US: Mergers

The United States merger control enforcers remained active during the past year, consistent with recent trends.

For the Federal Trade Commission (FTC), health care remains one of the top priorities, driven in large part by the fact that it is an issue at the forefront of the national consciousness. Efforts in this space have so far met with great success, with the FTC scoring court victories at both the trial and appellate levels. Health-care providers are now seeing that the legislative push for health-care reform through better integration of care has provided little if any shelter from antitrust scrutiny in hospital and physician merger reviews – a fact that is unlikely to change barring further legislative involvement, which does not appear likely at the moment.

For the Department of Justice (DOJ), the last year has revolved around market definition: the DOJ has aggressively pursued cases that seek to define markets around only those customers most likely to be impacted by a deal, even where other similarly situated customers might be unaffected or benefited for one reason or another. This shift in focus has been a key driver behind the increase in enforcement activity and is something to watch carefully going forward.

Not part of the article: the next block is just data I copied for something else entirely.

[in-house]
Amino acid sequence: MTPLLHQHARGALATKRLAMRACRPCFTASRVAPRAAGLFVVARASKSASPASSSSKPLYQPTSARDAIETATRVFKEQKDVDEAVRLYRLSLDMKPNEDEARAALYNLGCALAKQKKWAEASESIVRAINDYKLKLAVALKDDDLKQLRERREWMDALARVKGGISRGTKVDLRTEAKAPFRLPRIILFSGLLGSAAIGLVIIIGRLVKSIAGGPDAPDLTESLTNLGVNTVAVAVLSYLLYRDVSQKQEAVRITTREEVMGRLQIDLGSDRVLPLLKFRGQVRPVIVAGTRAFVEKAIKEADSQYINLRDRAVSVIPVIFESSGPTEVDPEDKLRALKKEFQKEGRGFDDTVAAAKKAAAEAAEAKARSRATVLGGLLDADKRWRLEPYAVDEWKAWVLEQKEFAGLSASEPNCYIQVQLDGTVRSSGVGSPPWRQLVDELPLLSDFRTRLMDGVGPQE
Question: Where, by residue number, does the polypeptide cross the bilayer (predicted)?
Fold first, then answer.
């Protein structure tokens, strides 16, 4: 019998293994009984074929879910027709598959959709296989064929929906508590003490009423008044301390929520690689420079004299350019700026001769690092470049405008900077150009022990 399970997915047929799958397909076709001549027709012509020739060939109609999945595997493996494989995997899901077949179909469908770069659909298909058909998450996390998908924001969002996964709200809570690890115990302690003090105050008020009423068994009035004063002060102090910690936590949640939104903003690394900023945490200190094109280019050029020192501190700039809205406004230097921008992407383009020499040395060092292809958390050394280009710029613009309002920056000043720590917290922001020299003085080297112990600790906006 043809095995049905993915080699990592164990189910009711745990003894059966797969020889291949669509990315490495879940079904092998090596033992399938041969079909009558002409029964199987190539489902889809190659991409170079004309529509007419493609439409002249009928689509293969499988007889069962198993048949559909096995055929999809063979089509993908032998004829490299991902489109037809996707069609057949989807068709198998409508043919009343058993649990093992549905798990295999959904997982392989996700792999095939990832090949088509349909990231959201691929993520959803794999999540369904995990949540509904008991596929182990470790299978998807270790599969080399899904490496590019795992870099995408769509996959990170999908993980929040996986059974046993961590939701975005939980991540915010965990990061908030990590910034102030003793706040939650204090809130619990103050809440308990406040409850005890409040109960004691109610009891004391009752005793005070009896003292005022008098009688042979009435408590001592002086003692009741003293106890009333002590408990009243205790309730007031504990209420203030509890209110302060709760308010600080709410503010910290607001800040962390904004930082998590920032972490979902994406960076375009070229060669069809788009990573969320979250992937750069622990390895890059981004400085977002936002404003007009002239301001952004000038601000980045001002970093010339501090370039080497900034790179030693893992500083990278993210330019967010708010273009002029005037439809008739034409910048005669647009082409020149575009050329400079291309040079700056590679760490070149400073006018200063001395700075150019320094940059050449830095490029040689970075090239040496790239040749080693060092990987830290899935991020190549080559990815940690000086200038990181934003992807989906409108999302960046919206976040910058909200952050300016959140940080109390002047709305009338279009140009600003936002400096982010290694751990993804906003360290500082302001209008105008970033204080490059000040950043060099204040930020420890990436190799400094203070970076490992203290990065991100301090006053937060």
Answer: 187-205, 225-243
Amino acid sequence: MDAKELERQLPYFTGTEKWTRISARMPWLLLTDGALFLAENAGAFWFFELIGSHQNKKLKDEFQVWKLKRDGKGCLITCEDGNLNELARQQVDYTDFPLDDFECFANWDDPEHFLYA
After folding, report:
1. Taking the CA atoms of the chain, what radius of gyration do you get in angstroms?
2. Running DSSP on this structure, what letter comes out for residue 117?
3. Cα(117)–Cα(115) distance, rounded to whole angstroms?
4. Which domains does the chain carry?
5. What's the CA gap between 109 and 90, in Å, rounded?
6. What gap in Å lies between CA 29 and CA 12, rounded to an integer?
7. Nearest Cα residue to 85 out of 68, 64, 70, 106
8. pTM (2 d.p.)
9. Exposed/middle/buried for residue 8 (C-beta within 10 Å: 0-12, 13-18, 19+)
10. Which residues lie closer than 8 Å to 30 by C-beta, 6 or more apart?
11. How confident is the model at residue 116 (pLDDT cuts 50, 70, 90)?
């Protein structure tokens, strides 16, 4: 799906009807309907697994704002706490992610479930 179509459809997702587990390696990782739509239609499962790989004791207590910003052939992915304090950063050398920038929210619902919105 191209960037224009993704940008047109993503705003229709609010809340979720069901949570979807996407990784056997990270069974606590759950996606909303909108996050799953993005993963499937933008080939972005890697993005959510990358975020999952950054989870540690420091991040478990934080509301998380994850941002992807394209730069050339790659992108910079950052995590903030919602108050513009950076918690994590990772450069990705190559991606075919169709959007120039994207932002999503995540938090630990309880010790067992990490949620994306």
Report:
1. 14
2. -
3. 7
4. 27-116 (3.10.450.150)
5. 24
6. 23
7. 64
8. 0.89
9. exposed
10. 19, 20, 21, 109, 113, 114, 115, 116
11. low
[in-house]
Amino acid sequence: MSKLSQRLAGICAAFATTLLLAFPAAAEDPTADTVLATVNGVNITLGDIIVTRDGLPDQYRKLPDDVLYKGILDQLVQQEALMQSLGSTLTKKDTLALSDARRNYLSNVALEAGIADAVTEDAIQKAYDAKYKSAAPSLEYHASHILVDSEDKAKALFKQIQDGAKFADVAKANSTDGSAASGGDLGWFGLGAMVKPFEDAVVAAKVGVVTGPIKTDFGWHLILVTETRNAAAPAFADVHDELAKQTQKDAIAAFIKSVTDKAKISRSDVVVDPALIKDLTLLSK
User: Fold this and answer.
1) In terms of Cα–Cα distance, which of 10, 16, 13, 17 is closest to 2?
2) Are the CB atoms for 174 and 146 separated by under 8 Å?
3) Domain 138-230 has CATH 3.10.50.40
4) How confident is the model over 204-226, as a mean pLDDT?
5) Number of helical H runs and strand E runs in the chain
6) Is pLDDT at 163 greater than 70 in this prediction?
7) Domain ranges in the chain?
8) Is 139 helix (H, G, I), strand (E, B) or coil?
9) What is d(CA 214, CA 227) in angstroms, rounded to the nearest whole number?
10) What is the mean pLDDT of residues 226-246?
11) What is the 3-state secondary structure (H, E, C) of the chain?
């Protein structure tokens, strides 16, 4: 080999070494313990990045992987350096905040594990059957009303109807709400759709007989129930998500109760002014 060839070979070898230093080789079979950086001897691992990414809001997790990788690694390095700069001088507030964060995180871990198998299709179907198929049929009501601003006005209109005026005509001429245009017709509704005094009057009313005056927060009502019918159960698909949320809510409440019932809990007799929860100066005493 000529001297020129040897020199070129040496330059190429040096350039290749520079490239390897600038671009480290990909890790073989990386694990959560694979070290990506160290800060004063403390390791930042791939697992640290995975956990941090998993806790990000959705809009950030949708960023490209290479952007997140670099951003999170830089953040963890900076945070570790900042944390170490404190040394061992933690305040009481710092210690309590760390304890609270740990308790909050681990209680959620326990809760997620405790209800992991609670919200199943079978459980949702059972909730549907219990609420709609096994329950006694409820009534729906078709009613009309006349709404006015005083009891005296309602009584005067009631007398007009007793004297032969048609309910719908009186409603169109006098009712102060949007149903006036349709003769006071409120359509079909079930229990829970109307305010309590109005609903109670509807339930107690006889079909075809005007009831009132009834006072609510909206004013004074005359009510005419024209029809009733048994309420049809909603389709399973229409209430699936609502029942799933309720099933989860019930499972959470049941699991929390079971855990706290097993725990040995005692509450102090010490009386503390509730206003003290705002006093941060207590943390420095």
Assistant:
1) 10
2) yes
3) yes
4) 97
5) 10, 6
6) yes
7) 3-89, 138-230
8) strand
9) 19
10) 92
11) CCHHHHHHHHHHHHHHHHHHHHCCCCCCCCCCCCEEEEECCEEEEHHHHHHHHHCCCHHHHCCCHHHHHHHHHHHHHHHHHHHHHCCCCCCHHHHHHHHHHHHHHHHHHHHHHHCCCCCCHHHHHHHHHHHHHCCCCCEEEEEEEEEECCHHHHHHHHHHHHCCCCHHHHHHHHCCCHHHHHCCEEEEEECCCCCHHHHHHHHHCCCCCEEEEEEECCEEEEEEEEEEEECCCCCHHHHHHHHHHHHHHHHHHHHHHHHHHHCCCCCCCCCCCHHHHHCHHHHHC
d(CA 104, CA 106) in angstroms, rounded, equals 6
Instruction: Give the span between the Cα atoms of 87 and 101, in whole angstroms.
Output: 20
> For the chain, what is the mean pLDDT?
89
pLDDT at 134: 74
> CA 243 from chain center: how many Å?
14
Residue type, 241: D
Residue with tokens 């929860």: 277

Behind the front lines of enforcement, the agencies are taking steps to bolster their success against troubling deals and to reduce ancillary burdens of the review process. Thus, the FTC and DOJ are looking back, formally and informally, at the successes and failures of past remedial measures as a tool for driving remedies going forward. They are also looking for ways to streamline the HSR process, including through evaluating document production obligations and through potentially better coordination with other enforcement authorities. Though these efforts may matter little for those parties whose deals will ultimately be challenged, the streamlined processes will hopefully provide benefits for those parties who must go through the paces in order to close transactions that are pro-competitive.